Kick 'Em in the Grill

The biggest boss, rapper Rick Ross gets the Gas Face

Gas Face Friday
(The Passover Good Friday Edition)

What up fam and friends

My weeks are filled with deal making and brand building so my posts have become few and far between. I recently became a Media Strategist for a media cluster in Florida, and for the first time I have become a corporate guy. I have never worked for a company before and I don’t count my year at Def Jam, ‘cuz that was more school than work. I am doing what I love. Companies big and small come to me and I help create the messages that define them. In marketing there is a saying: success in a message comes from how many times you say it and what you say. If the message is wrong, then it does not matter what you are selling, ‘cuz no one is buying. Which leads me to my Gas Face Victim for this week.

By popular demand:
The biggest boss, rapper Rick Ross gets the Gas Face.

Rick Ross (source: Facebook)

Rick Ross (source: Facebook)

Just so we are clear, if you are a rap fan, this is not the first time a rap lyric has come under fire for being disrespectful. Rappers like Eminem, the early Beastie Boys (not the enlightened ones), the Geto Boys, UGK, shoot damn near every southern rapper has said something that is disrespectful to women. So why is this one getting so much disgust? I think I have some ideas:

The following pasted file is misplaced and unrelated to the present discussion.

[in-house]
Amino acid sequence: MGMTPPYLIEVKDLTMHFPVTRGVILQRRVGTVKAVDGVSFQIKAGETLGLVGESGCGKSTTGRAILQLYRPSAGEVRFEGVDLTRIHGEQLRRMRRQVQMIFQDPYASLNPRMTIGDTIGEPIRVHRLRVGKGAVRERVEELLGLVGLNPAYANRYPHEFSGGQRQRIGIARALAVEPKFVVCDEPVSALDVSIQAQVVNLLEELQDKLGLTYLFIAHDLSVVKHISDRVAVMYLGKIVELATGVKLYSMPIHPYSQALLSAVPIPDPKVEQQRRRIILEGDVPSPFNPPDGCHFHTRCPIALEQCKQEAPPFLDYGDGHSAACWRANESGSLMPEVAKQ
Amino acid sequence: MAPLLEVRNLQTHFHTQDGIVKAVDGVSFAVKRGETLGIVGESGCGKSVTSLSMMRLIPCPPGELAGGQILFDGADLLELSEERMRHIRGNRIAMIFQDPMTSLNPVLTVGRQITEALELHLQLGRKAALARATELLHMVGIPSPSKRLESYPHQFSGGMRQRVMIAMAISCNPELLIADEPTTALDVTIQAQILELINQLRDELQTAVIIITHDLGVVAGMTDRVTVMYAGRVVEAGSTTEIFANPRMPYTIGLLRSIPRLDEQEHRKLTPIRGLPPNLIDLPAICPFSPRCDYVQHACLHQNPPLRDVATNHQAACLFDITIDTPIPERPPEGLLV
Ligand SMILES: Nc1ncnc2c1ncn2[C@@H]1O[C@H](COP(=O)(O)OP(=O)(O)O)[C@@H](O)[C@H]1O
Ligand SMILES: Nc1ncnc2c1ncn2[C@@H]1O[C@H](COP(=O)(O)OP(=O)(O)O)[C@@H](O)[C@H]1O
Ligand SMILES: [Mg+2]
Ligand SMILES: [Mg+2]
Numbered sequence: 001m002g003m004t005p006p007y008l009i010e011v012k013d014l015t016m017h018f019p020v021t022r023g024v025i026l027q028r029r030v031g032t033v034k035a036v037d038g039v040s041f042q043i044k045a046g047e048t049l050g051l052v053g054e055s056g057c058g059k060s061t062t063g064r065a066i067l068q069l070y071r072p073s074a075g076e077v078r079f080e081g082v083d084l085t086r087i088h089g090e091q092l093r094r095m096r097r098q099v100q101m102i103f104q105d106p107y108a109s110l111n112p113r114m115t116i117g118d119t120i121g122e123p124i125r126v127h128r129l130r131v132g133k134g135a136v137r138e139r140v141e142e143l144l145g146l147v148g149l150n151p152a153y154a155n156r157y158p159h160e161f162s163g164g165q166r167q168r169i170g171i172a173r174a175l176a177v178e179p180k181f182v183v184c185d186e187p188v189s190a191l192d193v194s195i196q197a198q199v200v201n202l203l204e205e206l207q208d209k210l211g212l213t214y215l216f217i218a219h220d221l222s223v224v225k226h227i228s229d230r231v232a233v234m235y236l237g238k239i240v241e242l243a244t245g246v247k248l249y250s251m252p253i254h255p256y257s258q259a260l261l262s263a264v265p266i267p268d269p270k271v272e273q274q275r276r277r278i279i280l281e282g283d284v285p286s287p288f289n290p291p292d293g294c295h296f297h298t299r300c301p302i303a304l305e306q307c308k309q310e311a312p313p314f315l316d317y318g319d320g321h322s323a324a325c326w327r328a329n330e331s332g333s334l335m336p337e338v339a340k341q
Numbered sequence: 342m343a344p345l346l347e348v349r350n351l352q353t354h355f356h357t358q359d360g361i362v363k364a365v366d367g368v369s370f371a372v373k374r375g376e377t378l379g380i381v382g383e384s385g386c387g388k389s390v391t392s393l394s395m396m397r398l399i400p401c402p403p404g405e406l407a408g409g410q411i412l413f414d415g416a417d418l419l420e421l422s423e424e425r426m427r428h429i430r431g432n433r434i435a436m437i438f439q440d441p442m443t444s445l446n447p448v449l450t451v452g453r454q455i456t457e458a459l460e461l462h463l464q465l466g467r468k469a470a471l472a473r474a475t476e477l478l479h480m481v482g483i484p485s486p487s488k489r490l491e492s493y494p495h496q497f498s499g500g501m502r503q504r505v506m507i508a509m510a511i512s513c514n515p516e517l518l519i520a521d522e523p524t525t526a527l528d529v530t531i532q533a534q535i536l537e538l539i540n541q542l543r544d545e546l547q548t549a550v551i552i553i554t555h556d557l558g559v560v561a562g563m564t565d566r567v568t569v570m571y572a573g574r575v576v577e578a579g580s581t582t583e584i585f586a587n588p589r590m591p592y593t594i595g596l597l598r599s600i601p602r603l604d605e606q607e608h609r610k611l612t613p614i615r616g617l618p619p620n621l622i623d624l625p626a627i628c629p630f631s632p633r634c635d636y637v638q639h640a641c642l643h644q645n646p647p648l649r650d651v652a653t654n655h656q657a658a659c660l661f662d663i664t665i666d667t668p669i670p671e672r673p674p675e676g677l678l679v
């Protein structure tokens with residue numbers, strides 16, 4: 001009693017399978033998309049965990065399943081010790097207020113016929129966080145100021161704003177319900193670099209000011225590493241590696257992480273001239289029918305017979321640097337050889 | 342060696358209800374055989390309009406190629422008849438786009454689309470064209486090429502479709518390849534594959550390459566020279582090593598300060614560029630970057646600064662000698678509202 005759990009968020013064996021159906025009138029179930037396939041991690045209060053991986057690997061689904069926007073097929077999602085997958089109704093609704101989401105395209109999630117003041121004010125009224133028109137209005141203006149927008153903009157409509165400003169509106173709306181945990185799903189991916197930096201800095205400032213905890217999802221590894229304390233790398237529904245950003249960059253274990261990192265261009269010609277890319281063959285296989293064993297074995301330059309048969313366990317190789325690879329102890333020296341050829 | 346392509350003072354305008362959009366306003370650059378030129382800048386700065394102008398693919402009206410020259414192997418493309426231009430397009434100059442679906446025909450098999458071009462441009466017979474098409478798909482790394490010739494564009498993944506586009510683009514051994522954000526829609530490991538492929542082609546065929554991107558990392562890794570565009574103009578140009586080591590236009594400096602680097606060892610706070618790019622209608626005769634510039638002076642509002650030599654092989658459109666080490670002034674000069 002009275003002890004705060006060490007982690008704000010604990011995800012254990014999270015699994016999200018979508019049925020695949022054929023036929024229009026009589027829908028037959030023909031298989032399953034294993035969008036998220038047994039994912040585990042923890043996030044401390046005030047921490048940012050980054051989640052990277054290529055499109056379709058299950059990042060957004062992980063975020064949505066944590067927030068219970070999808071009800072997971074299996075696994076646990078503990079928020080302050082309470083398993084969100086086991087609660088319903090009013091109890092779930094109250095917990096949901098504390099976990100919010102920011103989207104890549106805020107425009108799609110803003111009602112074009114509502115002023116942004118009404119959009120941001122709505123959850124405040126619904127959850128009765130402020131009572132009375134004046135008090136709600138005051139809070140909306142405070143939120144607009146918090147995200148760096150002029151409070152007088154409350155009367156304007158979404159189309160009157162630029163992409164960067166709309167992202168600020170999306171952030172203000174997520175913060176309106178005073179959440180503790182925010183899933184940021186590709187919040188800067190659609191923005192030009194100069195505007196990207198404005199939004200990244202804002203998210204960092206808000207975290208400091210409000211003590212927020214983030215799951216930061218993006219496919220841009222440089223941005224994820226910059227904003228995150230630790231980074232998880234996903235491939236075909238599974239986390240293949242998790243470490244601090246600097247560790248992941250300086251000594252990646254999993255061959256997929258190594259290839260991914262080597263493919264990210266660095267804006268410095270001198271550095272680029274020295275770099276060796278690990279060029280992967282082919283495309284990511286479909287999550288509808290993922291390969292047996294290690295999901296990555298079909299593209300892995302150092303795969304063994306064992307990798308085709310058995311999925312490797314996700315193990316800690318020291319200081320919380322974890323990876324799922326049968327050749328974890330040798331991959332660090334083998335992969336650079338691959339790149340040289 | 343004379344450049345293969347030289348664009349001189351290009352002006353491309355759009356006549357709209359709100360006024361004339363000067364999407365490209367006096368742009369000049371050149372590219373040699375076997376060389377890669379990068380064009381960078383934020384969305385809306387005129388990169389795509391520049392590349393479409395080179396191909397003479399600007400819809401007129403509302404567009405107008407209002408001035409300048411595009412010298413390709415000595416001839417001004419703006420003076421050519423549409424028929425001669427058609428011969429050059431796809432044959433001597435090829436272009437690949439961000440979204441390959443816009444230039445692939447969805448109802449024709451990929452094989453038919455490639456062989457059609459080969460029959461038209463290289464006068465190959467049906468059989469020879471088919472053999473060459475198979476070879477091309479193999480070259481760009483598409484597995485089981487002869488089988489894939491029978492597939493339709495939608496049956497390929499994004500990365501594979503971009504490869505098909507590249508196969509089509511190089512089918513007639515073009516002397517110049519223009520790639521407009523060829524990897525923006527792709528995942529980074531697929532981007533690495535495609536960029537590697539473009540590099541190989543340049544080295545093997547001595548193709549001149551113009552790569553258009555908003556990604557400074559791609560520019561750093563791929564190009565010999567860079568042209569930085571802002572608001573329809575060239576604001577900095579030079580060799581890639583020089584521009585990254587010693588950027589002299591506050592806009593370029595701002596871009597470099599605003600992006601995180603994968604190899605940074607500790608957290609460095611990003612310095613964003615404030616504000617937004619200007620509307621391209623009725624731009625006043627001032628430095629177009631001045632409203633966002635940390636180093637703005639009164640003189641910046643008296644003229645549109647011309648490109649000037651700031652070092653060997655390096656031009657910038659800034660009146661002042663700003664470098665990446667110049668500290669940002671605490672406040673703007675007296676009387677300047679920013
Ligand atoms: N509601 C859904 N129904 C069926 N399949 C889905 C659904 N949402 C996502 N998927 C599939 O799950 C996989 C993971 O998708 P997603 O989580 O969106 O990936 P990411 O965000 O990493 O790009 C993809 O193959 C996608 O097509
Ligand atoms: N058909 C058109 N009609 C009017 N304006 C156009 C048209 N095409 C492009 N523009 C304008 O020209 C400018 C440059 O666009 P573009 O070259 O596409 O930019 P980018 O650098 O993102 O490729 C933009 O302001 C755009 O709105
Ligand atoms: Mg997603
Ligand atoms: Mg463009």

1. The Messenger was Ricky Rozay.
    If this was another Em lyric I do not think anyone would bat an eye. We expect Slim Shady to say some shady things. Rick, for the most part, has been respectful in the eyes of hip hop as more of a big teddy bear who loves his money, women, cars and weed. He gets a pass for being a corrections officer, he gets a pass for being a drug dealer, but he stepped over the lyrical line when he wove his tale of Molly Follies and getting his jollies off the drugged and unwilling female victim. We want the Barry White of rap back and we want him in pocket saying that his women are looking fresh like a bag of money
  2. He is too close to the truth.
    If I told a rhyme tale about a far-fetched plot to rape and victimize someone in a song, you would be offended—and rightfully so—but you would not think of it as a potential future plan. That is what is so great about telling a story in rhyme form. The right beat, the right words, the right mood can turn you into something you’re not—if only for three minutes. This caper of dropping a Molly in a drink is something that woman have to be careful of in every club that they get dressed up for. Dudes are really scary (I am learning this more and more as a father of two daughters). If this was not going on before, now it is a relatively possible attempt. Watch your back ladies, or as my wife and I have told our girls since they were old enough to go out to a party, “never leave your drink unattended.”

The song in question:

Thanks for all the feedback people and to all my friends who are not MOT, have a wonderful Easter with your family.

Love is love
Serch

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